How does therapy work, anyway? by Sam Voss, MSW

(all case material is a composite used for the purpose of illustration and does not represent any actual patients)

 

About three months into working together, exasperated and exhausted, Todd exclaimed, “I just need you to tell me what to do! Seriously. Please. Just tell me.” His voice was pleading, and it was clear that his confusion and uncertainty were cause for emotional pain.

Todd, 36, came to therapy following a fight with his wife. He reported feeling as though the fight was the last straw and said it allowed him to see just how unhappy he was in his marriage. His thoughts about the relationship oscillated between wanting a divorce and wanting to work things out. In session, Todd examined his own behaviors and beliefs about relationships and how these ideas might impact his relationship with his wife.

Todd noticed that he learned about romantic relationships, as many of us do, by watching his parents interact. Todd described his parent’s marriage as loving and supportive and said that in his extended family his parents were revered as the couple who had the perfect marriage. Todd reported feeling a lot of pressure to replicate this perfect marriage. He also wrestled with the feelings of exclusion he experienced growing up. Todd was an only child and he said he felt “like second fiddle” when he was with his parents. As an adult, Todd wanted to be loved in the same way his parents loved one another.

Given this history and his wishes, Todd went above and beyond in his marriage. He described himself as “a hopeless romantic” and frequently made grand gestures for his wife, who he felt did not express the gratitude he was looking for. Todd was also able to recognize that in making these grand gestures, he was hoping they would be reciprocated. When it became evident that Todd’s wife was not capable of reciprocating in the way he hoped, Todd was distraught. He knew what he hoped for and he could also see that his expectations were unrealistic. It was in this moment that Todd made his request– could I please just tell him what to do?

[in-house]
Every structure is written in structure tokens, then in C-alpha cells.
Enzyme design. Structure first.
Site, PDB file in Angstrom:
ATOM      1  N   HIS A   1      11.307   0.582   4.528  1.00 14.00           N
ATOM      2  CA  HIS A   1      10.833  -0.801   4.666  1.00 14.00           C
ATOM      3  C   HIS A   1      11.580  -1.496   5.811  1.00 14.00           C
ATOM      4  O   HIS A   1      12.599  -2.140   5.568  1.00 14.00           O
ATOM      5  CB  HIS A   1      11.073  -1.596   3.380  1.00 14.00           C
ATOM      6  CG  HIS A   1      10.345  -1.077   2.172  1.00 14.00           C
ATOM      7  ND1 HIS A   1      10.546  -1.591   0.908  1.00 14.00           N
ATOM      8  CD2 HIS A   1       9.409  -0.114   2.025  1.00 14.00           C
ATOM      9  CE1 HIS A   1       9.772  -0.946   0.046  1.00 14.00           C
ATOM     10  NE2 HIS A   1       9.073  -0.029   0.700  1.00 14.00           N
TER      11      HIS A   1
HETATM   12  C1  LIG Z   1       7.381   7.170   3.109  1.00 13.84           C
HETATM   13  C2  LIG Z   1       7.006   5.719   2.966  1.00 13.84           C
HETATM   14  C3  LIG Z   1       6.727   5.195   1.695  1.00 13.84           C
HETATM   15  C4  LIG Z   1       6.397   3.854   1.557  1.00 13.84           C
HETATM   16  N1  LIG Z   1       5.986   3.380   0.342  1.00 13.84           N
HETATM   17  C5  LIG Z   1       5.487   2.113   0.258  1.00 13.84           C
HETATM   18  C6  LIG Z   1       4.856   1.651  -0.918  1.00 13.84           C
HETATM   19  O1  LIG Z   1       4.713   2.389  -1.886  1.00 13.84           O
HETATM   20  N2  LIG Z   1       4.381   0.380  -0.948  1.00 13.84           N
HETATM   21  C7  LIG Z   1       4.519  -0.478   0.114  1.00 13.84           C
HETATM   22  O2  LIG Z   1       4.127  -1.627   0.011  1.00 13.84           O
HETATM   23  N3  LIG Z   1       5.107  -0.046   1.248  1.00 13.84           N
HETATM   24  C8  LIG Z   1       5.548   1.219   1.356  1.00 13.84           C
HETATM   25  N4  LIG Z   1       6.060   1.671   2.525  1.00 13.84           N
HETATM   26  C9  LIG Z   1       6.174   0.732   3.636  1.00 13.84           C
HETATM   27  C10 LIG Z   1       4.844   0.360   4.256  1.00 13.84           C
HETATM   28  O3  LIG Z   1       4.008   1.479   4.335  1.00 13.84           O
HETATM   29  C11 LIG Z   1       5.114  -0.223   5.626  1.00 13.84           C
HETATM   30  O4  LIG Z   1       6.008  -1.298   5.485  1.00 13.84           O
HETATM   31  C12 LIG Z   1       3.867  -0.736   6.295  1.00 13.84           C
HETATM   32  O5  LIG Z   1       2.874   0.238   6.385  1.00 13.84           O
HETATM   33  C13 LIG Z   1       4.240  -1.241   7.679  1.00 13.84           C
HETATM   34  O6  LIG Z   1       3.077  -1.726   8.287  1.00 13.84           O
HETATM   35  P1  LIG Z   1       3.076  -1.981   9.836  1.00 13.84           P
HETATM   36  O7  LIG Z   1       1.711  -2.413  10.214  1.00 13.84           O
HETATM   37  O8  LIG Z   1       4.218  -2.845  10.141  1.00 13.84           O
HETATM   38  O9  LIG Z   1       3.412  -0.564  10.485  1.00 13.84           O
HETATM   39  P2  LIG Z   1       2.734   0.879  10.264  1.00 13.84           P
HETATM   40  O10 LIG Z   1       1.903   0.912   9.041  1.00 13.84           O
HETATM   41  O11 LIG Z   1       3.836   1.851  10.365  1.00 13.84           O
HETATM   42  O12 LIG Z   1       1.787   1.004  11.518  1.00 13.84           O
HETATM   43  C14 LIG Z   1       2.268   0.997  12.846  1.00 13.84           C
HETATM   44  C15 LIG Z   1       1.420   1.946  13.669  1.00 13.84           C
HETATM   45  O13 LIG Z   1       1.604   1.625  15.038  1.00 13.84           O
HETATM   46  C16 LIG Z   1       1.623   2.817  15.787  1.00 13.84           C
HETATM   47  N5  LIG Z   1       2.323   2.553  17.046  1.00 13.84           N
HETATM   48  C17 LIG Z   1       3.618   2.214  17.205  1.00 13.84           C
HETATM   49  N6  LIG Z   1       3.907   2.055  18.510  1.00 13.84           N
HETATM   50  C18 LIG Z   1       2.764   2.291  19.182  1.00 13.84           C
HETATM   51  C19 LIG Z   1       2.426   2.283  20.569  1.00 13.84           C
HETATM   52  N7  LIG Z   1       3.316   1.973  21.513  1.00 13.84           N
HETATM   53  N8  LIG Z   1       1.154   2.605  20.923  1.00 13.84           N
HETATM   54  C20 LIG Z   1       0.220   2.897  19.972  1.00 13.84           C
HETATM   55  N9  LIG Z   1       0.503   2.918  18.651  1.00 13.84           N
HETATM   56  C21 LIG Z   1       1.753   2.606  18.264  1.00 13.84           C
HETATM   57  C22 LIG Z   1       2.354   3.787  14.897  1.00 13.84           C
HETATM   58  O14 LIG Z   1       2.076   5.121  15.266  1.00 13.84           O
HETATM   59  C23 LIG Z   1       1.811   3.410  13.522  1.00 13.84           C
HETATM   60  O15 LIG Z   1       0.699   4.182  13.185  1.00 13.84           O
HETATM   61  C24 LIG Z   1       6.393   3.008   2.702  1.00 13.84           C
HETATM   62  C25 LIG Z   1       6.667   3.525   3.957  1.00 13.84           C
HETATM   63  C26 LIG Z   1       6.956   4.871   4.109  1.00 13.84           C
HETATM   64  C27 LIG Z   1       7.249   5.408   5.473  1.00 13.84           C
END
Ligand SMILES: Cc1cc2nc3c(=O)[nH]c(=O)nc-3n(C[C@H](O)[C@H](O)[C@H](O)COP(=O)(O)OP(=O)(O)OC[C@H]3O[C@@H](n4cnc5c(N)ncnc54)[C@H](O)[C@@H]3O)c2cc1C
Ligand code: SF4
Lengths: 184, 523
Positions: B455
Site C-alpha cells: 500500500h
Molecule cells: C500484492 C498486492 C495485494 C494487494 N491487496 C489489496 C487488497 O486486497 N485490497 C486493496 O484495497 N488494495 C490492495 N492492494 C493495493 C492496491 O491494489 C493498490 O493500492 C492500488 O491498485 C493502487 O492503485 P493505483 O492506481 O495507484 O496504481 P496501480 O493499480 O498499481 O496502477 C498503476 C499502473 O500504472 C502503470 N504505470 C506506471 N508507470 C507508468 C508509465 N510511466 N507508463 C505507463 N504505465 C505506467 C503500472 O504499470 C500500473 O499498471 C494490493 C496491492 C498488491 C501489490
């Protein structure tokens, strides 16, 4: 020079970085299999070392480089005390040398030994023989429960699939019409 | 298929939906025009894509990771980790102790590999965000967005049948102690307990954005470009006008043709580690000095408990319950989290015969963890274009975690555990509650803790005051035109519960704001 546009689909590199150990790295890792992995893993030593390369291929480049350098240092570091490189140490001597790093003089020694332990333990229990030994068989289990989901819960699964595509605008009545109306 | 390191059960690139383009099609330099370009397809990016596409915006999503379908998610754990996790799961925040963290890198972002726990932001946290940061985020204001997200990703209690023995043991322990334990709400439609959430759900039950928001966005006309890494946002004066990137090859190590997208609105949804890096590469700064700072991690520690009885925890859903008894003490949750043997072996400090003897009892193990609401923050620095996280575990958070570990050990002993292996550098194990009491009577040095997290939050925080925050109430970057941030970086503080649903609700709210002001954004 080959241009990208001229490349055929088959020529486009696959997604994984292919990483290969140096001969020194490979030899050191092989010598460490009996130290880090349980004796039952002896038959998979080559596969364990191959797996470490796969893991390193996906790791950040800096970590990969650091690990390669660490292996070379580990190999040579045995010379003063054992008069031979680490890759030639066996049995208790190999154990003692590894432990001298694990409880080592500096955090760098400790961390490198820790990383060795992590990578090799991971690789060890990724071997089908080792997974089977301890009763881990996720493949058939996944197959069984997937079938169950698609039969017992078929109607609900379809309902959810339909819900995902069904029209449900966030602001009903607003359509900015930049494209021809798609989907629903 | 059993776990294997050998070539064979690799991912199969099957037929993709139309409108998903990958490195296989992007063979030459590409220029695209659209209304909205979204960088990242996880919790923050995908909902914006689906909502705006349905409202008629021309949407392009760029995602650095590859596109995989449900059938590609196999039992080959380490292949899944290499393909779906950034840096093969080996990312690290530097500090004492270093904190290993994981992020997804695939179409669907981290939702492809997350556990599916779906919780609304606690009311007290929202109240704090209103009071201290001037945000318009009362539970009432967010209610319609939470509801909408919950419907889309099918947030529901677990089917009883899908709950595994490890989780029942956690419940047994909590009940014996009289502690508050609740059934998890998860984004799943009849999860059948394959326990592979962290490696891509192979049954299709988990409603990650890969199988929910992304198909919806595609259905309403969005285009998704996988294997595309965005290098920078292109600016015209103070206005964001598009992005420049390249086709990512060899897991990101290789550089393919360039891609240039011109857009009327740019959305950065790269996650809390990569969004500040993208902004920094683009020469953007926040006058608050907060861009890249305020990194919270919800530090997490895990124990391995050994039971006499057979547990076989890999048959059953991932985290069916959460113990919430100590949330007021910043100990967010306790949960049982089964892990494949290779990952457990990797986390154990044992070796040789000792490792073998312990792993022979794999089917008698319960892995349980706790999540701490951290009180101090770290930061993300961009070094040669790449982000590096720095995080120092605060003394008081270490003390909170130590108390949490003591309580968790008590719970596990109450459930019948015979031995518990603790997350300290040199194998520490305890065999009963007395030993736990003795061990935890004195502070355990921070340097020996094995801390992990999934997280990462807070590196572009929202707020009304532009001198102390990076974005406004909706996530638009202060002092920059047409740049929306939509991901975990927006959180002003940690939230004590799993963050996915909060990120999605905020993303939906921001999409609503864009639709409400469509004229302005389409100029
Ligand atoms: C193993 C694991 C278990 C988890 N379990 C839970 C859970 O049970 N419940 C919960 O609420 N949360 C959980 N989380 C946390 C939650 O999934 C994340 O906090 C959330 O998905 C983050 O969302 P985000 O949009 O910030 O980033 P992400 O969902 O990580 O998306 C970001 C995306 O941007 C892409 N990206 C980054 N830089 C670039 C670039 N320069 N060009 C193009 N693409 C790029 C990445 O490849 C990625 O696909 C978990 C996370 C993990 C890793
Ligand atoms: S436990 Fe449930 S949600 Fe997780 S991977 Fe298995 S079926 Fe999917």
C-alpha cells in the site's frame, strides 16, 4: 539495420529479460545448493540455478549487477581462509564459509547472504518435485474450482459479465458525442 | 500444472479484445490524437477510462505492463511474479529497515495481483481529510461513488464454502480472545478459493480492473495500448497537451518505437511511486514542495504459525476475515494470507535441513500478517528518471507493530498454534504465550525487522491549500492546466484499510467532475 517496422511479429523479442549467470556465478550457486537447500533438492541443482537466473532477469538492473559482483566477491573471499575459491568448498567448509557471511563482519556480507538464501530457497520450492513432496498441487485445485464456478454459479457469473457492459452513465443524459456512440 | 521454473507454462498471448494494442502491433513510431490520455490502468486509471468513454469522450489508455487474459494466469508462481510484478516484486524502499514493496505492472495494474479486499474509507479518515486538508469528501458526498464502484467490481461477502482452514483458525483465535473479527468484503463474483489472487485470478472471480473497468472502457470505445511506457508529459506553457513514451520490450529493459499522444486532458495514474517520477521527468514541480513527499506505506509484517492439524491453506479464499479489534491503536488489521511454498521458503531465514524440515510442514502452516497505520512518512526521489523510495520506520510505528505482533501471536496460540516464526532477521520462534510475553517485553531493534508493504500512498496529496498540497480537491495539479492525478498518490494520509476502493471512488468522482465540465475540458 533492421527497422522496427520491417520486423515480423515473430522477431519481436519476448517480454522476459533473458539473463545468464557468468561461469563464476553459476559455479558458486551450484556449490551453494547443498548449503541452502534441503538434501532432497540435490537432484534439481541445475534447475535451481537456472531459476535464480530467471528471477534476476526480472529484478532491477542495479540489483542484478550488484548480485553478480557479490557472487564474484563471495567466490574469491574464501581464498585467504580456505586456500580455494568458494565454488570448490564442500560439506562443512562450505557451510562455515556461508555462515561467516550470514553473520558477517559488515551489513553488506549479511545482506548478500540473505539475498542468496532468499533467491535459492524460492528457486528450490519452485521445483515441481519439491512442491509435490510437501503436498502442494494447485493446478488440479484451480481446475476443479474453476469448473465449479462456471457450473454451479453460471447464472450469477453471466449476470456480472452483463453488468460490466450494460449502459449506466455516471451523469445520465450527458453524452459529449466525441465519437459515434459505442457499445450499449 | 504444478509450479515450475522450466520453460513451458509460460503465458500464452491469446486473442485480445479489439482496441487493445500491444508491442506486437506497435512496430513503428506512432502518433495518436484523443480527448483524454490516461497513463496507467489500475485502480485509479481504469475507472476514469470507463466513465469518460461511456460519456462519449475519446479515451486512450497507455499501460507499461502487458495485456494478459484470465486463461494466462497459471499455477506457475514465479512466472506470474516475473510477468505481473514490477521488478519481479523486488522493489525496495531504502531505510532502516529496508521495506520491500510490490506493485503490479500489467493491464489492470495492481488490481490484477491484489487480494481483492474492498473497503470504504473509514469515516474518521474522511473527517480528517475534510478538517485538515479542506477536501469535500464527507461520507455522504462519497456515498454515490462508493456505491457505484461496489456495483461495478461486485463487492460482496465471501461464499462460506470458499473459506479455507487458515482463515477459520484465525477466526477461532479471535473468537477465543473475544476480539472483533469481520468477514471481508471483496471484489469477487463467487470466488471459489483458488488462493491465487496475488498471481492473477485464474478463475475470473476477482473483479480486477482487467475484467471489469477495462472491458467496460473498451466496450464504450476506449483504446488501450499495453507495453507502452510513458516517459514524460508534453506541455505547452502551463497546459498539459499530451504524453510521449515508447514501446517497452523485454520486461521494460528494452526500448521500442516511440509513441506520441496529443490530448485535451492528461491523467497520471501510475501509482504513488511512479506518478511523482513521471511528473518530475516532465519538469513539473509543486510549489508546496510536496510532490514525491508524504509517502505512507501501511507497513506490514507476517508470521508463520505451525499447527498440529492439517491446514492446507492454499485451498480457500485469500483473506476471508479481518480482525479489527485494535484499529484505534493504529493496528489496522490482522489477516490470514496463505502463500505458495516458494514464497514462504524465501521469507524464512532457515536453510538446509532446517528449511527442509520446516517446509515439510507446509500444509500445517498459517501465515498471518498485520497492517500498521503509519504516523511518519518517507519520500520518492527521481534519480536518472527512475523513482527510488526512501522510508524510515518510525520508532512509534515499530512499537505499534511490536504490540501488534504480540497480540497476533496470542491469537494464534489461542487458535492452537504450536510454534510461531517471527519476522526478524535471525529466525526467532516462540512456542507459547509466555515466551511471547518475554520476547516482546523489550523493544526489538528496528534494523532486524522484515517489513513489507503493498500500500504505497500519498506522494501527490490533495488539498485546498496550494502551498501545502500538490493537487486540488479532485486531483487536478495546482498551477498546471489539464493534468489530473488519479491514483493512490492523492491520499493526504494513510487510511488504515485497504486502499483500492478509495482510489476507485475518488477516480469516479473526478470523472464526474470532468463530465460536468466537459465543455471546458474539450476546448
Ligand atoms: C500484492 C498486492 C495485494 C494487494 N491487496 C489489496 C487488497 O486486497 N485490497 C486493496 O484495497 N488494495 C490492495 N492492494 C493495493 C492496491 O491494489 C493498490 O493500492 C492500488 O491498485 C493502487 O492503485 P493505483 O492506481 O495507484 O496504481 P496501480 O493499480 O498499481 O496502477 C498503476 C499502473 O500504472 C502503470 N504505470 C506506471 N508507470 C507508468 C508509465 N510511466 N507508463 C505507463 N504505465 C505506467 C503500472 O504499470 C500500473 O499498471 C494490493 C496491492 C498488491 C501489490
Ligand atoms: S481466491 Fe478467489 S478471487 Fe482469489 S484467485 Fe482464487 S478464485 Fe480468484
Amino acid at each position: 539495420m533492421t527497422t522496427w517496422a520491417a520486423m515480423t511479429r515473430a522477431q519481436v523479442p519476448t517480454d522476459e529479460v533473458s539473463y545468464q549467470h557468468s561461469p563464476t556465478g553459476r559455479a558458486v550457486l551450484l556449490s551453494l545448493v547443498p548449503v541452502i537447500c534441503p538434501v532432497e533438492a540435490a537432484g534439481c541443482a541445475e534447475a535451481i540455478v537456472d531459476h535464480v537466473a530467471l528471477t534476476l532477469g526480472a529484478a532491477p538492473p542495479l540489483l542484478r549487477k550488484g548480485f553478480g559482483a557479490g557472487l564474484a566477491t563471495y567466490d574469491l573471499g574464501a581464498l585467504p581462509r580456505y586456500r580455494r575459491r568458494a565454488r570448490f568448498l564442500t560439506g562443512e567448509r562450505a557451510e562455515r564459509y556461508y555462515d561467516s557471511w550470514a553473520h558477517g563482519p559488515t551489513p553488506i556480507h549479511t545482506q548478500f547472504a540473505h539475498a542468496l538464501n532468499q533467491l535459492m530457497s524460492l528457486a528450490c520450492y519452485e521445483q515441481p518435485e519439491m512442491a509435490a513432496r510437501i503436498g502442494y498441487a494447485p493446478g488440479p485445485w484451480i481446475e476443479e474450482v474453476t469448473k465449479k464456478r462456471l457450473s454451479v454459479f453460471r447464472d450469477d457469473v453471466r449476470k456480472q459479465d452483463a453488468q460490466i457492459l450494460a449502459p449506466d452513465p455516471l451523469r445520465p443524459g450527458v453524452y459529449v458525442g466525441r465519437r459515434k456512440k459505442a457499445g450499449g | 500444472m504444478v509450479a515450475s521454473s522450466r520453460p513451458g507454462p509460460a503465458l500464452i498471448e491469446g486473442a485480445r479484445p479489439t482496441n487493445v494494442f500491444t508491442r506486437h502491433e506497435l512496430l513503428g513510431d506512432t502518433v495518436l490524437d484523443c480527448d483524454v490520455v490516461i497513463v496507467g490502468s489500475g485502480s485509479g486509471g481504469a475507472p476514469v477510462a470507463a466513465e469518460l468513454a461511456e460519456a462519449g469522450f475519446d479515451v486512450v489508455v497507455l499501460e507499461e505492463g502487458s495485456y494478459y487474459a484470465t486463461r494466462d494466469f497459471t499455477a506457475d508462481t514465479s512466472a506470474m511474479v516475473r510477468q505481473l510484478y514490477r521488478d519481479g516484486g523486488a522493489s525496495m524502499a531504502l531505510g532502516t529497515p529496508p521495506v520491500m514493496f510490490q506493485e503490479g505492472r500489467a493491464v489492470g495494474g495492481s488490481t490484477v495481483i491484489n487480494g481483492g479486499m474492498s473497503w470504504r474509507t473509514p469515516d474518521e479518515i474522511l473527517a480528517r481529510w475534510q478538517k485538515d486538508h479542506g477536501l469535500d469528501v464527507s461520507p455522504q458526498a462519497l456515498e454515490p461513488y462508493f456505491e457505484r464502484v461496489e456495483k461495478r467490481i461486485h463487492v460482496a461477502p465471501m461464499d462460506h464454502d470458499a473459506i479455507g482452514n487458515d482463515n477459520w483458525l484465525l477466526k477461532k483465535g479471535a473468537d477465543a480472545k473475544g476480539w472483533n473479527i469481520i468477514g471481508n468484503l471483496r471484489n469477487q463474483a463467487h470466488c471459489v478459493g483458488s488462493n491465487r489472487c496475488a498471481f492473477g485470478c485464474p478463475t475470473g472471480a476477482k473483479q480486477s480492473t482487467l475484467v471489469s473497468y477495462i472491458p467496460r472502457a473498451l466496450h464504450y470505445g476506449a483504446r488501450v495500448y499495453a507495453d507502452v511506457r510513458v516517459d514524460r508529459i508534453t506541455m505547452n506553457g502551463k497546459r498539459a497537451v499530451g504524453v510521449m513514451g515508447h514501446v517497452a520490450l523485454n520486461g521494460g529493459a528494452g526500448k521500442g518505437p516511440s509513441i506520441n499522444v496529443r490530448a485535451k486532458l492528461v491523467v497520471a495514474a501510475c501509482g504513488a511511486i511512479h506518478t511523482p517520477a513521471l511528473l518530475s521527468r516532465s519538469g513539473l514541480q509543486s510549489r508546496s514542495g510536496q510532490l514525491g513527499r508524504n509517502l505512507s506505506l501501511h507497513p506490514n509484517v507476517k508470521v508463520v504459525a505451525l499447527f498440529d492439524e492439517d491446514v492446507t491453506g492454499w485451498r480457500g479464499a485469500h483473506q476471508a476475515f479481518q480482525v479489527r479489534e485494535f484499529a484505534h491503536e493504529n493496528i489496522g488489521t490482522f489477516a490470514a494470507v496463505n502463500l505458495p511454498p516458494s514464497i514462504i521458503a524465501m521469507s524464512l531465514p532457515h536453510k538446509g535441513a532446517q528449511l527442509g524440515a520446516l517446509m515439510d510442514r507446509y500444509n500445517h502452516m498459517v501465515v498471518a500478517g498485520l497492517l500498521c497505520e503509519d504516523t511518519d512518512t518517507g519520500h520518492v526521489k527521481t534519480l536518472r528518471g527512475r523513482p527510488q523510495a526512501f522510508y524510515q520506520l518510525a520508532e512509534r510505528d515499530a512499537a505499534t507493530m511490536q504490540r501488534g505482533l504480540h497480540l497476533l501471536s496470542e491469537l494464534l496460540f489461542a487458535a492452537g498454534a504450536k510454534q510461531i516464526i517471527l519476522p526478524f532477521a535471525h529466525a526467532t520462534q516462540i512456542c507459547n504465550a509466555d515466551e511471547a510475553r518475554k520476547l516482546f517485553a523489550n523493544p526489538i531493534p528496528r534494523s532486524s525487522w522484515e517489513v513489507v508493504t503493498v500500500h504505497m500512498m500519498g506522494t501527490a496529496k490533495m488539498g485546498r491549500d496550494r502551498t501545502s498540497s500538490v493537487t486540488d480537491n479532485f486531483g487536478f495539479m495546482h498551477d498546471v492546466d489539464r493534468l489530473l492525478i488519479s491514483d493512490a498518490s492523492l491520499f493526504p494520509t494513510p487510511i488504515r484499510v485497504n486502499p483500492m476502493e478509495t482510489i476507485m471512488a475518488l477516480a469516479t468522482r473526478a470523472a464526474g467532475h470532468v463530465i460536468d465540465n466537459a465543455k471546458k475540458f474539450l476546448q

Todd’s request for advice and direction is not an uncommon one. Therapists are often seen as peddlers of advice, and I find clients are generally surprised to hear advice is something therapists seldom deal in. When Todd asked me what to do, I had another question in mind: what might make it hard for him to make decisions and to trust his own intuition? Todd explored this idea, noting that he was uncomfortable wondering whether he was asking for too much in his marriage. As a child he would act out in small ways in order to get attention from his parents. He wondered if his thoughts about divorce were also an example of acting out.

Todd attended a few more sessions following our discussion, but ultimately decided to drop out of treatment. I can appreciate Todd’s request for advice and his desire for my answer.  Not knowing what to do is a helpless feeling and sitting with uncomfortable truths about yourself might even be worse.

Todd’s case reminds me of the old proverb, “Give a person a fish, and they will eat for a day. Teach a person to fish, and they will eat for a lifetime.” Therapists don’t have fish to give; rather, they venture into murky waters with clients who courageously learn to become better at fishing. This is the hope in therapy, that the therapist can assist the client in being more thoughtful and curious about their mind and behaviors, ultimately leading to decision-making that is aligned with the person’s needs and best interests.